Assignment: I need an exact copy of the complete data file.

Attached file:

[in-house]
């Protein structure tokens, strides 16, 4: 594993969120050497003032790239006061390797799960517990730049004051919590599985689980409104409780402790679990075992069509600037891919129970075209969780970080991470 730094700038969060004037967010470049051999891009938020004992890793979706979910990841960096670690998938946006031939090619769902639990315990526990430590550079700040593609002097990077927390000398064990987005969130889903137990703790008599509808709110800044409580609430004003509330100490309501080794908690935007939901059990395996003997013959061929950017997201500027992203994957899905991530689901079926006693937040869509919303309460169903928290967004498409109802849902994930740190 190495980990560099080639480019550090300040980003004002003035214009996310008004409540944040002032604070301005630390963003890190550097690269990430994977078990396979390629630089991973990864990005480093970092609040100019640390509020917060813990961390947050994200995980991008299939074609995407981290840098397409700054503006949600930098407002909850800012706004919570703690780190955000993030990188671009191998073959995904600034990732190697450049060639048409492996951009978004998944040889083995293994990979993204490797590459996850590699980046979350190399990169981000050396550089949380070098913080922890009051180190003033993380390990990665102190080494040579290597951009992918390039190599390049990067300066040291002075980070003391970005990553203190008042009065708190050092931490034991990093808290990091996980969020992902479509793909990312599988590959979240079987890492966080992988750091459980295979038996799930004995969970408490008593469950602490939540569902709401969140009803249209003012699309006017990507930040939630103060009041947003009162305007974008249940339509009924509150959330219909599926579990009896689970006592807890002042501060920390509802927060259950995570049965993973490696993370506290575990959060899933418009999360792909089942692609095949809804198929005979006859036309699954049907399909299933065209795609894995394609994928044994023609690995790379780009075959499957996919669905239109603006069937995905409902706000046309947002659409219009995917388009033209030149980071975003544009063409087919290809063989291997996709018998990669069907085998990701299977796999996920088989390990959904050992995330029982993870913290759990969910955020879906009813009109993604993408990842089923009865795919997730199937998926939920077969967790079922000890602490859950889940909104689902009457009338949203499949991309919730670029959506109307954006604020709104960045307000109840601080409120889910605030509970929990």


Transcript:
[in-house]
């Protein structure tokens, strides 16, 4: 594993969120050497003032790239006061390797799960517990730049004051919590599985689980409104409780402790679990075992069509600037891919129970075209969780970080991470 730094700038969060004037967010470049051999891009938020004992890793979706979910990841960096670690998938946006031939090619769902639990315990526990430590550079700040593609002097990077927390000398064990987005969130889903137990703790008599509808709110800044409580609430004003509330100490309501080794908690935007939901059990395996003997013959061929950017997201500027992203994957899905991530689901079926006693937040869509919303309460169903928290967004498409109802849902994930740190 190495980990560099080639480019550090300040980003004002003035214009996310008004409540944040002032604070301005630390963003890190550097690269990430994977078990396979390629630089991973990864990005480093970092609040100019640390509020917060813990961390947050994200995980991008299939074609995407981290840098397409700054503006949600930098407002909850800012706004919570703690780190955000993030990188671009191998073959995904600034990732190697450049060639048409492996951009978004998944040889083995293994990979993204490797590459996850590699980046979350190399990169981000050396550089949380070098913080922890009051180190003033993380390990990665102190080494040579290597951009992918390039190599390049990067300066040291002075980070003391970005990553203190008042009065708190050092931490034991990093808290990091996980969020992902479509793909990312599988590959979240079987890492966080992988750091459980295979038996799930004995969970408490008593469950602490939540569902709401969140009803249209003012699309006017990507930040939630103060009041947003009162305007974008249940339509009924509150959330219909599926579990009896689970006592807890002042501060920390509802927060259950995570049965993973490696993370506290575990959060899933418009999360792909089942692609095949809804198929005979006859036309699954049907399909299933065209795609894995394609994928044994023609690995790379780009075959499957996919669905239109603006069937995905409902706000046309947002659409219009995917388009033209030149980071975003544009063409087919290809063989291997996709018998990669069907085998990701299977796999996920088989390990959904050992995330029982993870913290759990969910955020879906009813009109993604993408990842089923009865795919997730199937998926939920077969967790079922000890602490859950889940909104689902009457009338949203499949991309919730670029959506109307954006604020709104960045307000109840601080409120889910605030509970929990």